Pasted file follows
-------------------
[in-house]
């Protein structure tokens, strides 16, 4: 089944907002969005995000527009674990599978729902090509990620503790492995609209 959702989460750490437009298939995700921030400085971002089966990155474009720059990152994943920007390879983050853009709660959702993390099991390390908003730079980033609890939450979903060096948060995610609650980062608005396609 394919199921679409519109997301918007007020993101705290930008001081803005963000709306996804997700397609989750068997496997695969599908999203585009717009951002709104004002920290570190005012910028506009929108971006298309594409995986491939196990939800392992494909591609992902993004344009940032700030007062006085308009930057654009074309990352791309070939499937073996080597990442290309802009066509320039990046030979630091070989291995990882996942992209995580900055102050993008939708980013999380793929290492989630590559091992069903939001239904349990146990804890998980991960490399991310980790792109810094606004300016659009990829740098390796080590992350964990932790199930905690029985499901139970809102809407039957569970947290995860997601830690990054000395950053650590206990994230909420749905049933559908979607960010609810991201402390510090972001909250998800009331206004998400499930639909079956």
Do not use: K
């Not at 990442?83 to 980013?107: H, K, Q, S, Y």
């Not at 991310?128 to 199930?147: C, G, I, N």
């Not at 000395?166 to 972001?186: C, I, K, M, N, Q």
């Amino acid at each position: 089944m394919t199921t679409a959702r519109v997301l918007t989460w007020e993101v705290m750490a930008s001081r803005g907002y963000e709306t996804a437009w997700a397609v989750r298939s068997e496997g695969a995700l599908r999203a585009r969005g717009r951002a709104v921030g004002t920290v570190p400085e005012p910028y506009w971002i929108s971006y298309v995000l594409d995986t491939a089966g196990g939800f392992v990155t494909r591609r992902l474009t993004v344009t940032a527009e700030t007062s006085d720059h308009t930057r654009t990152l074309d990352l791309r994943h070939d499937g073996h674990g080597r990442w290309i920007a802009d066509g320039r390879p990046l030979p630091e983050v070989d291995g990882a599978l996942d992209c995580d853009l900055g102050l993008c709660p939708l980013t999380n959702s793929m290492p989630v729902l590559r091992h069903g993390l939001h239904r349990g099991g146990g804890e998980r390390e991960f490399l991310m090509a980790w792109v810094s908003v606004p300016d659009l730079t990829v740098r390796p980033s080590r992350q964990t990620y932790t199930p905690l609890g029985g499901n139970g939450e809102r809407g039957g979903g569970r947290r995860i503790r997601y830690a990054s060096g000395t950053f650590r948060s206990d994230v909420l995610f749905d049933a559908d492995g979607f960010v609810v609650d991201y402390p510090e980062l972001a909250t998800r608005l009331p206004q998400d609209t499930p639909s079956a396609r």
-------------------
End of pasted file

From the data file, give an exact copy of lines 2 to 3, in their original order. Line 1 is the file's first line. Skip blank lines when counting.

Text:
């Protein structure tokens, strides 16, 4: 089944907002969005995000527009674990599978729902090509990620503790492995609209 959702989460750490437009298939995700921030400085971002089966990155474009720059990152994943920007390879983050853009709660959702993390099991390390908003730079980033609890939450979903060096948060995610609650980062608005396609 394919199921679409519109997301918007007020993101705290930008001081803005963000709306996804997700397609989750068997496997695969599908999203585009717009951002709104004002920290570190005012910028506009929108971006298309594409995986491939196990939800392992494909591609992902993004344009940032700030007062006085308009930057654009074309990352791309070939499937073996080597990442290309802009066509320039990046030979630091070989291995990882996942992209995580900055102050993008939708980013999380793929290492989630590559091992069903939001239904349990146990804890998980991960490399991310980790792109810094606004300016659009990829740098390796080590992350964990932790199930905690029985499901139970809102809407039957569970947290995860997601830690990054000395950053650590206990994230909420749905049933559908979607960010609810991201402390510090972001909250998800009331206004998400499930639909079956």
Do not use: K